Scottish National Dictionary (1700–)

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COT, n. Sc. combs. of Eng. cot, a humble dwelling, shelter: 1. cot-folk, labourers and their dependants living in cottages on a farm; Gen.Sc.; 2. cot-house, a farmworker's cottage; Gen.Sc.; †3. cotlander, one who holds a “cotland,” a piece of arable land attached to a cottage; “a cottager, who keeps a horse for ploughing his small piece of land” (e.Lth. 1825 Jam.2); 4. cotman = Cottar (Lnk.3, Kcb.1 1937); “always looked on as the second in command about a farm-house” (Gall. 1824 MacTaggart Gallov. Encycl. 142); used attrib. in quot.; 5. cottown, cotton, a collection of cot-houses, belonging to a farm or to several surrounding farms (Ags.1, Fif.10 1937). 1. Ayr. 1786 Burns Twa Dogs ix.:
An' what poor Cot-folk pit their painch in, I own it's past my comprehension.
2. Bnff. 1918 M. Symon Wir Roup 3:
I min' on't in a wee cot-house On Kirsty's kist o' drawers.
3. Rxb. 1795 Stat. Acc.1 XIX. 128:
Small tenants . . . in the village of Roxburgh are called cotlanders, possessing . . . about two acres of land each, together with a house, yard, and liberty of pasturing their cows in an adjacent loaning.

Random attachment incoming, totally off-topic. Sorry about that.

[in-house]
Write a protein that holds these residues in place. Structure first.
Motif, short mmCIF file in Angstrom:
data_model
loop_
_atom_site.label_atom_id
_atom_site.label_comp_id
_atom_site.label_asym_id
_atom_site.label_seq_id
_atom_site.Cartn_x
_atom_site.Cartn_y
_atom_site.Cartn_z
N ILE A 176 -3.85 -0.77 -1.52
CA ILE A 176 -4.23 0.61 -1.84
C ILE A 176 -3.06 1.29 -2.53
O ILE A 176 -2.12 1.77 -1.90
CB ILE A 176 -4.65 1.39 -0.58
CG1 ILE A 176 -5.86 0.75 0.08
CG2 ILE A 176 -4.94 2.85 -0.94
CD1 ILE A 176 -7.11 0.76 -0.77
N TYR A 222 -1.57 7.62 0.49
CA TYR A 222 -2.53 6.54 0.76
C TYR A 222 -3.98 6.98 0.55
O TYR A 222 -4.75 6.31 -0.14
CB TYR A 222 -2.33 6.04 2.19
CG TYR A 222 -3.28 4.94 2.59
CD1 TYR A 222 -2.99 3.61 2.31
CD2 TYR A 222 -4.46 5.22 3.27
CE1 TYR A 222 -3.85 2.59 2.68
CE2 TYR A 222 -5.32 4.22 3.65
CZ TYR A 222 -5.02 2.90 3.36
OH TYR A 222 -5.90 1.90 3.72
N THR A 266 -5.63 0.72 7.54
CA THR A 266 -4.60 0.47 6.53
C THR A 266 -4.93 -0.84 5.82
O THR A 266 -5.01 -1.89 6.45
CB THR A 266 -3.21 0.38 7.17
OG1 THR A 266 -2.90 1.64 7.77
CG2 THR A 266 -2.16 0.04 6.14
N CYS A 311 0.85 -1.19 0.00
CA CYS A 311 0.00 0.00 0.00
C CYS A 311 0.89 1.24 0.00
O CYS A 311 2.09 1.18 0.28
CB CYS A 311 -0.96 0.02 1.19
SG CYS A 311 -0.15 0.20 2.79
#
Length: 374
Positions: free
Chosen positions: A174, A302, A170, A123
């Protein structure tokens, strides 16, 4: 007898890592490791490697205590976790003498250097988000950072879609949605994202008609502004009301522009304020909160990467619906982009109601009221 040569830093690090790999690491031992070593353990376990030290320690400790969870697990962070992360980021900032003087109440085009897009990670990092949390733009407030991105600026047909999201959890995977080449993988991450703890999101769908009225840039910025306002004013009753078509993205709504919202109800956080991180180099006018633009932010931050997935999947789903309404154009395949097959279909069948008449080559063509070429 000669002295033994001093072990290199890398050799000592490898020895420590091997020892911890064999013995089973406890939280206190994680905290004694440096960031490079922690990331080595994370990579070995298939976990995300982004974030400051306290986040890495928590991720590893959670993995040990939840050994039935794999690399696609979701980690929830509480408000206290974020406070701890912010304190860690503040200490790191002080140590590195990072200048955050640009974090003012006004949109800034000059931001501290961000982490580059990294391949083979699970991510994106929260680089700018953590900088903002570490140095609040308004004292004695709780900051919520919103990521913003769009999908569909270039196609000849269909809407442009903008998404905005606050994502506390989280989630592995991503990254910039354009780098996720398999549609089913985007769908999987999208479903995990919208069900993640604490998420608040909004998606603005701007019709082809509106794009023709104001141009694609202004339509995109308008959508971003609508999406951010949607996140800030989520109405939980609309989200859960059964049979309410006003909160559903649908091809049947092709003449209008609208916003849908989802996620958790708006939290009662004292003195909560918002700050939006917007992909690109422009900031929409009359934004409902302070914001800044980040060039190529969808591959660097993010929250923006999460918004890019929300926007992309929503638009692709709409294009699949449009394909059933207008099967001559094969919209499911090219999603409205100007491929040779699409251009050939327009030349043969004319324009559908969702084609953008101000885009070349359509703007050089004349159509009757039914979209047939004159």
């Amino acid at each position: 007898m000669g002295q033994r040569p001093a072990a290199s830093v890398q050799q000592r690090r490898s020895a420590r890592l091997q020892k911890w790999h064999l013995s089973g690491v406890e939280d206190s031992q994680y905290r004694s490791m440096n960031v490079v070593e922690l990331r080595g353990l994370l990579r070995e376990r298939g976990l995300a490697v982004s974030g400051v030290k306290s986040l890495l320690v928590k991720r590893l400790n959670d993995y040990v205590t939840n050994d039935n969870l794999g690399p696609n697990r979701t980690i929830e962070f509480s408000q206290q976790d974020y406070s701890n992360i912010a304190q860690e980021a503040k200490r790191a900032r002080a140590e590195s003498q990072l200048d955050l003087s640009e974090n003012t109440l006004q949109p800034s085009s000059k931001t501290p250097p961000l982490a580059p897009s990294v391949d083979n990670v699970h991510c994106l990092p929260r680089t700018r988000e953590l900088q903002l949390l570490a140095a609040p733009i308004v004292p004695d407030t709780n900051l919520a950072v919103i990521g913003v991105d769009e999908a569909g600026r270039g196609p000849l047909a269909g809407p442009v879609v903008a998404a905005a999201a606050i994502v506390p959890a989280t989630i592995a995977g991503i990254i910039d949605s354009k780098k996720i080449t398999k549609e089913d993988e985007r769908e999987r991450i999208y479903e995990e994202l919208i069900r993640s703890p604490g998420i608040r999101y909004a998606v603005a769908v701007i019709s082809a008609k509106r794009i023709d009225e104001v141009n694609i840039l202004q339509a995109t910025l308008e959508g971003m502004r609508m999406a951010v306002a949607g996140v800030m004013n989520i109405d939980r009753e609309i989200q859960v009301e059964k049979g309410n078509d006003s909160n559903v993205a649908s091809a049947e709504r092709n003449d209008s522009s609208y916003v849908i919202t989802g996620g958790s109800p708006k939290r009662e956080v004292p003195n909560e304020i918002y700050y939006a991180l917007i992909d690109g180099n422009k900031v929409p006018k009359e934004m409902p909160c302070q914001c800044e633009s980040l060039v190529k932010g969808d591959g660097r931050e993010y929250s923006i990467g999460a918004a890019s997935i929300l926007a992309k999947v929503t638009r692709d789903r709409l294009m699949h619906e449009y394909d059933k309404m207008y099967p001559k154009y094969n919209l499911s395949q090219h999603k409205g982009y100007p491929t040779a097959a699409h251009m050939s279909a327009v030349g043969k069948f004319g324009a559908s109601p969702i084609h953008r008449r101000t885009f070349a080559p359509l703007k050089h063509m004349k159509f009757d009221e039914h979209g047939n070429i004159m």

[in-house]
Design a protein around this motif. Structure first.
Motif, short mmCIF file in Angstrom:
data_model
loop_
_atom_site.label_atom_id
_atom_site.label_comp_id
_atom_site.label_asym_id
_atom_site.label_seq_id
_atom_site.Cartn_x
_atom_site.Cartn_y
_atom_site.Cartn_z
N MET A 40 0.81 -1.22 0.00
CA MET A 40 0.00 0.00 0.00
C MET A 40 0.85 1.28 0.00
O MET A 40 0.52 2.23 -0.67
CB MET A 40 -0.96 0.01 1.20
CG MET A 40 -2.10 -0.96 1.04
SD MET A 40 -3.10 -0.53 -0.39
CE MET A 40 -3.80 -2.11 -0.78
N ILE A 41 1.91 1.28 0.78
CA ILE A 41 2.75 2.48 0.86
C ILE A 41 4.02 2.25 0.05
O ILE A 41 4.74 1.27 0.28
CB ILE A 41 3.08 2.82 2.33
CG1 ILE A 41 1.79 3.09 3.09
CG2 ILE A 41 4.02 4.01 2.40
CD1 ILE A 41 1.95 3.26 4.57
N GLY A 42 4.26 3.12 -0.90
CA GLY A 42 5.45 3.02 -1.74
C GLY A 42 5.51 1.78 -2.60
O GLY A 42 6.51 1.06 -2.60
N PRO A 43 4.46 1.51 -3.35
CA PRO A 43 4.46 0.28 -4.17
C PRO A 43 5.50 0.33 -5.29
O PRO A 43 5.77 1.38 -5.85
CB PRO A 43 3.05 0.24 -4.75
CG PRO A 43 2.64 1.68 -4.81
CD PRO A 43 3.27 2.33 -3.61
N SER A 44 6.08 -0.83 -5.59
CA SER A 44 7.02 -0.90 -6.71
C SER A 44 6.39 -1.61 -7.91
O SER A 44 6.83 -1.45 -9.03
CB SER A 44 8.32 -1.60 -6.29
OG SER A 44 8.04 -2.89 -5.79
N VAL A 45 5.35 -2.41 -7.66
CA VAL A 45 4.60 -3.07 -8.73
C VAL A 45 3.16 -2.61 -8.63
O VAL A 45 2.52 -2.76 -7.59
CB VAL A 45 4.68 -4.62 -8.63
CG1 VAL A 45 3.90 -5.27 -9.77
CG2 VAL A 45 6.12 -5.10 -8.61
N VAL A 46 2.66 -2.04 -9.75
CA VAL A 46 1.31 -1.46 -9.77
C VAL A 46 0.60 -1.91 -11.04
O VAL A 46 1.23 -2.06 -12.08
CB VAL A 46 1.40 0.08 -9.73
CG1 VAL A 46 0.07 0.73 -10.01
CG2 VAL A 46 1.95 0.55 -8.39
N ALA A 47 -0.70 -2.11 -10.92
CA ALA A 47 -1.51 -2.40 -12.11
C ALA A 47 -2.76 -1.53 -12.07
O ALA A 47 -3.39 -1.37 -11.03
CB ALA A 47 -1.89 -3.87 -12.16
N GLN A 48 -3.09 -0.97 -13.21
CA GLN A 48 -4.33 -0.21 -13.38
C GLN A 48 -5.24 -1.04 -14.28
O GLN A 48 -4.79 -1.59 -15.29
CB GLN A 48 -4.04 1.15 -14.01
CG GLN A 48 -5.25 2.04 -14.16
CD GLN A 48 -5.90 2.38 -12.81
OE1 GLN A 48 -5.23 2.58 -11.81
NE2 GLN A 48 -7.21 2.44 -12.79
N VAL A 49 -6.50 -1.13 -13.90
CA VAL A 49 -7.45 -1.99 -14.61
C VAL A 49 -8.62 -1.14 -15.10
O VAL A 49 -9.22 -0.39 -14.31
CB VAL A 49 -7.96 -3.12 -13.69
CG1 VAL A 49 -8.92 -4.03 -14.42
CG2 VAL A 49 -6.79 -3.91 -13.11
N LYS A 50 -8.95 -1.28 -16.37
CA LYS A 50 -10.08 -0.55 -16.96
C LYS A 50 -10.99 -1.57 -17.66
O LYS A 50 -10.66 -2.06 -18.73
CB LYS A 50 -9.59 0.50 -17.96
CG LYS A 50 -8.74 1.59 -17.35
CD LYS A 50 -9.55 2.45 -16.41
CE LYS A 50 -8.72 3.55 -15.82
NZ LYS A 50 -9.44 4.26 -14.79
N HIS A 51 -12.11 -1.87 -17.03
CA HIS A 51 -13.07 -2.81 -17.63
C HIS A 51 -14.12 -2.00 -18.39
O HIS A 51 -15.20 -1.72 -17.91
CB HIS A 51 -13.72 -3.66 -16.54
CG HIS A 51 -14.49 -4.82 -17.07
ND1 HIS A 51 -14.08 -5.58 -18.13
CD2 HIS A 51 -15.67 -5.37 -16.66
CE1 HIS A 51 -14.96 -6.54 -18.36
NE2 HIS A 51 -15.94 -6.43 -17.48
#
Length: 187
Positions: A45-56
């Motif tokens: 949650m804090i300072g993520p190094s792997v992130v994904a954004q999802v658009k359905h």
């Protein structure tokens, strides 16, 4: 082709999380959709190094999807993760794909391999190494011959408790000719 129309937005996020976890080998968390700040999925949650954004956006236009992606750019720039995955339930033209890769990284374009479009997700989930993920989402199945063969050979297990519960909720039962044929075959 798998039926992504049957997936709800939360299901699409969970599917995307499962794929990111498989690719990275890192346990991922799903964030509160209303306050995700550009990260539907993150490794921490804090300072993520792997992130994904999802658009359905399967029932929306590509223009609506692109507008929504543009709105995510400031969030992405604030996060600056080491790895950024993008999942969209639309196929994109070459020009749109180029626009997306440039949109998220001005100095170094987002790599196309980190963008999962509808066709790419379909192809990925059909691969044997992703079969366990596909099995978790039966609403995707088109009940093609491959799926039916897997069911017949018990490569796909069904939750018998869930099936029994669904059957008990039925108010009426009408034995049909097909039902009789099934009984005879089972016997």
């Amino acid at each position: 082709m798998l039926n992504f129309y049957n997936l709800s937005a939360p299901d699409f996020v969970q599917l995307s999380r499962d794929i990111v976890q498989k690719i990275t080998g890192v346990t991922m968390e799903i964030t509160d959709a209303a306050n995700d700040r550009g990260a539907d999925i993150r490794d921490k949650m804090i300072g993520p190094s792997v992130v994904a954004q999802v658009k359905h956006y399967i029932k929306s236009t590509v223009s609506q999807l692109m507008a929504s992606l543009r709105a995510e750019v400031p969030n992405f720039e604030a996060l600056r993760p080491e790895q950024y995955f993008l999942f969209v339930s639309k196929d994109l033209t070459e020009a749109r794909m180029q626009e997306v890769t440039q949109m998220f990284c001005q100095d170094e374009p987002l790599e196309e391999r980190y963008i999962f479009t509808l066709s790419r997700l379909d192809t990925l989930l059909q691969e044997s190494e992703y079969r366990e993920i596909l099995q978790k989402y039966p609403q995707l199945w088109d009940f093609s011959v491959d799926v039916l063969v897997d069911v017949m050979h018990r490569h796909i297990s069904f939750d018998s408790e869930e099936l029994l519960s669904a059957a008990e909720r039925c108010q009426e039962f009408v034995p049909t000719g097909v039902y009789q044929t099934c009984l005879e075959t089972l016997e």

4. Ayr. 1862 J. Baxter Kirn, etc. 38:
A farmer's cotman slave.
5. Abd. 1913 J. Allardyce Byegone Days in Abdsh. 67:
The cottars paid a little money and did a good deal of work for the farmer. They were at his call whenever they were required. The Cottown was near the farm, and the young people reared there made the best of farm hands as they grew up.
Fif. 1905 “S. Tytler” Daughter of the Manse i. i.:
[It] was a mile and a half distant from Rowanden Kirk and cotton.

[Cot-house, cotland, cotman and cot-toun are all found in O.Sc. (see D.O.S.T.).]

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"Cot n.". Dictionary of the Scots Language. 2004. Scottish Language Dictionaries Ltd. Accessed 14 Apr 2021 <>



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